‘Tech Pals’ Overcome Vision Problems, Age Differences, and Smartphone Anxiety

Photo: Anne Perzeszty (l) and Leslie Guevara (r). Photo credit: Don Horvath.

By Lisa Kava

Anne Perzeszty, 86, considers herself to be tech savvy for someone her age. But she was overwhelmed when she purchased a new Samsung cell phone last fall. ”I immediately hated it,” she told West Side Rag in a phone interview. “I wanted to throw it away. There were too many bells and whistles; it was just loaded with features.”

Perzeszty has a condition called macular degeneration, which causes loss of central vision. While intimidated by the phone’s features, her vision impairment added an extra challenge. “With macular degeneration I have learned how to navigate the outside world, but it is very difficult for me to see close up,” she said.

Perzeszty is involved with Lighthouse Guild, a nonprofit organization located at 250 West 64th Street, which provides services to blind and visually impaired individuals. She signed up for a new intergenerational program run by the organization called Tech Pals, where young adults between the ages of 18 and 24 help mentees above the age of 55 with their smartphones. The “pals” meet at the Lighthouse Guild’s Technology Center from 10 AM to 2 PM every Saturday for one-on-one training. All mentors and mentees are visually impaired or blind.

Perzeszty was paired with Leslie Guevara, 22, a college student with the genetic condition iris nerve retinal coloboma. While Guevara can see black and white, much of her vision is blurry, and glare hurts her eyes. She uses both a magnifier and glasses. Upon learning about Tech Pals, the idea of helping others with vision impairment resonated with her. “I have always been good with technology,” she told the Rag in a phone call.

Guevara says her own vision challenges make her sensitive to those of her mentees. She enjoys sharing tips she uses in her everyday life. “The first thing I did was to change the settings in Anne’s phone,” Guevara said. “Dark mode makes the contrast with white words easier to see. Guevara also introduced Perzeszty to the easy voice recorder app. “It is like any other recording app. I use it for everything. Now Anne uses it for her Trader Joe’s and Costco lists. It is so much easier than struggling to read a shopping list when we can just listen.”

“I had a challenge and Leslie had the tools to help,” Perzeszty said. “I felt comfortable with her immediately.” Each week they work together on a different aspect of the phone. “She really helped me with my confidence. I could not see the buttons on my phone,” Perzeszty said. “She set up the accessibility function, she made the type bigger, she set up google assistant, and showed me how to ask questions.”

Judith Katzen (far left) and mentors. Jason Eckert, (blue shirt, right) executive director of the Reader’s Digest Partners for Sight Foundation (RDPFS). Photo credit: Ekaterina Svetova.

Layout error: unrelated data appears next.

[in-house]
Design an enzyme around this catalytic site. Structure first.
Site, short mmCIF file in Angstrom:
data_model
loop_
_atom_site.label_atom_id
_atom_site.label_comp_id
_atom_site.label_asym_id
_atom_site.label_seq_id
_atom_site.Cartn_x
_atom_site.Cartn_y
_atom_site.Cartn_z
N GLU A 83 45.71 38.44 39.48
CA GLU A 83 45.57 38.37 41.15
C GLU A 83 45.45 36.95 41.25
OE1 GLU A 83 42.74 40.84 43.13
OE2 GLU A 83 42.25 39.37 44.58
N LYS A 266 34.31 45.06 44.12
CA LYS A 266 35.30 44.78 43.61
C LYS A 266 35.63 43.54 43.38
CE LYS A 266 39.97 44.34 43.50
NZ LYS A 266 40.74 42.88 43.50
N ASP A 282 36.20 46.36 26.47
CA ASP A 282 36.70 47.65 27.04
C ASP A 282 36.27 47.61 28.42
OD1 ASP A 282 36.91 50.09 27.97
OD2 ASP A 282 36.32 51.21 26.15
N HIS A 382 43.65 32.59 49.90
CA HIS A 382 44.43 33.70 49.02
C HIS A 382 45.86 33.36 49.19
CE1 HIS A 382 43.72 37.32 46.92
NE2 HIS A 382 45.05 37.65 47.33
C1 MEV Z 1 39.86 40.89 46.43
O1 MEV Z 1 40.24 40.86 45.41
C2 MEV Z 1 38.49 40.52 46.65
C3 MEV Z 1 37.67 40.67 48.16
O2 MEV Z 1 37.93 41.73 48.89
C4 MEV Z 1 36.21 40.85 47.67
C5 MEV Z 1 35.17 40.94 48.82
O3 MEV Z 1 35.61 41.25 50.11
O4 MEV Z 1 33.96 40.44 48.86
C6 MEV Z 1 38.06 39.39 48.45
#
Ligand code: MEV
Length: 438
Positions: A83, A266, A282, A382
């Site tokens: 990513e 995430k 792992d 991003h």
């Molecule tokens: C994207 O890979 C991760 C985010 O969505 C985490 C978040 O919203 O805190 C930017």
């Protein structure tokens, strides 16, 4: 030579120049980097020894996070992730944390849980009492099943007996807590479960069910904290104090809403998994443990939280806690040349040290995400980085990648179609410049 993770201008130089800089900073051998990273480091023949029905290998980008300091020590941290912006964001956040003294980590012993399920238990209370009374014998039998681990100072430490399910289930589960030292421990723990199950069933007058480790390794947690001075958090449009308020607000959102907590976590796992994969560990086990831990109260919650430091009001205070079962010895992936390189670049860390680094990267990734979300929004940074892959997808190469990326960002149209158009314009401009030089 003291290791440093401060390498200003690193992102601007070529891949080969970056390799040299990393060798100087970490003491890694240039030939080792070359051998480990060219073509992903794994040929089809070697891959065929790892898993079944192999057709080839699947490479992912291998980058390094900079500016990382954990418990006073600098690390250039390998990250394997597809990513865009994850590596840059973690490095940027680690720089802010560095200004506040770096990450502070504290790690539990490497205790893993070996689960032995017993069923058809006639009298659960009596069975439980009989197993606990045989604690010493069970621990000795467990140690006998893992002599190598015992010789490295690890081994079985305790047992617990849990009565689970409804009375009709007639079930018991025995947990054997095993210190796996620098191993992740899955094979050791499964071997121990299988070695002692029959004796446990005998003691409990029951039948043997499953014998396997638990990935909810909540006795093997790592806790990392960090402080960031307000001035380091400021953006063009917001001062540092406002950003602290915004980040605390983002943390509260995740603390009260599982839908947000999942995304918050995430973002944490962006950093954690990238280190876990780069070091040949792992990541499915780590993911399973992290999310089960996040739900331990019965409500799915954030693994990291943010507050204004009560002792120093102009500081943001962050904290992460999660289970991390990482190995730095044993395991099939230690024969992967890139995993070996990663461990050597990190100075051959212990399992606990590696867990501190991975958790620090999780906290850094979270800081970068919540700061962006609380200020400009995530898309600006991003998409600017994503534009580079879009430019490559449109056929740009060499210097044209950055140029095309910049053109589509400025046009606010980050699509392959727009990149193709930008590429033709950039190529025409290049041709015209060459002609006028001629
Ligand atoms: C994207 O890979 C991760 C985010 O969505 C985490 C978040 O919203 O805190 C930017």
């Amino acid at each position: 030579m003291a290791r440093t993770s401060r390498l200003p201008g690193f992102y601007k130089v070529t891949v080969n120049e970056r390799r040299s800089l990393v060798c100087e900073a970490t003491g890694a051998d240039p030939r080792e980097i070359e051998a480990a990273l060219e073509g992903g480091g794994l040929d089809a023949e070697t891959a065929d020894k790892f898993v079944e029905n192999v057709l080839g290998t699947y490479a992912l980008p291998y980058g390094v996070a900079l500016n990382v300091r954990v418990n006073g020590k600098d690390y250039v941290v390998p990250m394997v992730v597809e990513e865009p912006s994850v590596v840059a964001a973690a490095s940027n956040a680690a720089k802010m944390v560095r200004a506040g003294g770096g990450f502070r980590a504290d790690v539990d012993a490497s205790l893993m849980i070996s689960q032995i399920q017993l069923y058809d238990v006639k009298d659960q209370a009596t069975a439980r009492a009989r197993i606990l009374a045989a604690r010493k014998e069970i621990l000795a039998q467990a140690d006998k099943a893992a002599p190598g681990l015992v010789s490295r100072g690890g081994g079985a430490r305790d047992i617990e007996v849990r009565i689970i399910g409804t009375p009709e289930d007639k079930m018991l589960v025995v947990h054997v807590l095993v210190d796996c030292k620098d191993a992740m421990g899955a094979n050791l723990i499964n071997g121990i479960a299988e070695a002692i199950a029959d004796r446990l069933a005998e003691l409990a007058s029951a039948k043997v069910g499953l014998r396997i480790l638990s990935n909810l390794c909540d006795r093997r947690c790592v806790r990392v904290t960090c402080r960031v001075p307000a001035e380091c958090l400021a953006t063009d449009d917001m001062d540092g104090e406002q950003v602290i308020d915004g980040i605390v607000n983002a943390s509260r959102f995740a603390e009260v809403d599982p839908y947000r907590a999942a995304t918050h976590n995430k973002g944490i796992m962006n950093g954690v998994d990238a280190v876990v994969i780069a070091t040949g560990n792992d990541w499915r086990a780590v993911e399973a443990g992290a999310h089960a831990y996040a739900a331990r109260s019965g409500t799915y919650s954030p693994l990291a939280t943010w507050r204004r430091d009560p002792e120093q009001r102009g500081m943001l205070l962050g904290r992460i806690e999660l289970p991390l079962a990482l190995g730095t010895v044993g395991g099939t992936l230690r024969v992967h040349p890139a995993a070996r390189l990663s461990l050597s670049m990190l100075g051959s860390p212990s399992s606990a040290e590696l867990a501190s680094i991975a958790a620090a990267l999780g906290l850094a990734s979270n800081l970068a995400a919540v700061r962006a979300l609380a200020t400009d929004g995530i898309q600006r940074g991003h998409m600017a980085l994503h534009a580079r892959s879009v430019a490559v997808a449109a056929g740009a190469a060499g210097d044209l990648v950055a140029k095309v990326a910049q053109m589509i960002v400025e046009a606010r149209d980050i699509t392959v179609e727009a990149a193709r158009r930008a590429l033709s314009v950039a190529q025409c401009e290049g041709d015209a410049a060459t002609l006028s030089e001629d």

Judith Katzen, director of rehabilitation at Lighthouse Guild, thought of the idea for Tech Pals during the summer of 2022. In a phone conversation with the executive director of the Reader’s Digest Partners for Sight Foundation, which provides funding to Lighthouse Guild, Katzen learned about Cyber-Seniors, based in Canada, where typically sighted young people mentor typically sighted seniors in technology. “We studied their model and thought we can take this concept and make it happen with the blind and visually impaired community,” Katzen explained.

Katzen hired a program manager with a background in teaching technology to blind and deaf individuals. She then interviewed graduates of Lighthouse Guild’s youth programs for mentor positions. Guevara and the others selected participated in online training with Cyber-Seniors in September, 2022. The program went live in October. Tech Pals mentors get paid for their services. “For many it is their first job,” Katzen said.

Beyond technology help, Perzeszty and Guevara enjoy the personal relationship they have developed. Guevara tries to establish a connection with her mentees from the beginning. “I want them to feel at ease and I always try to find a common interest. Anne told me she was nervous about her granddaughter traveling by subway, so I told her I take the subway all the time.”

The duo often chat about family when Perzeszty’s eyes get tired and she needs a break. “Leslie will talk about her younger sister, and I will throw in some stories about my daughters. We have things in common beyond vision impairment,” Perzeszty said. “I think the intergenerational concept is brilliant. The younger generation has the challenge of finding a common language and teaching us. The older generation must respect the younger generation and what they have to offer.”

“Working with Anne has been so gratifying,” said Guevara. “One time, as she was walking into the technology center, she was on a video call with her daughter. I showed her how to do that. It was neat to watch her in action.”

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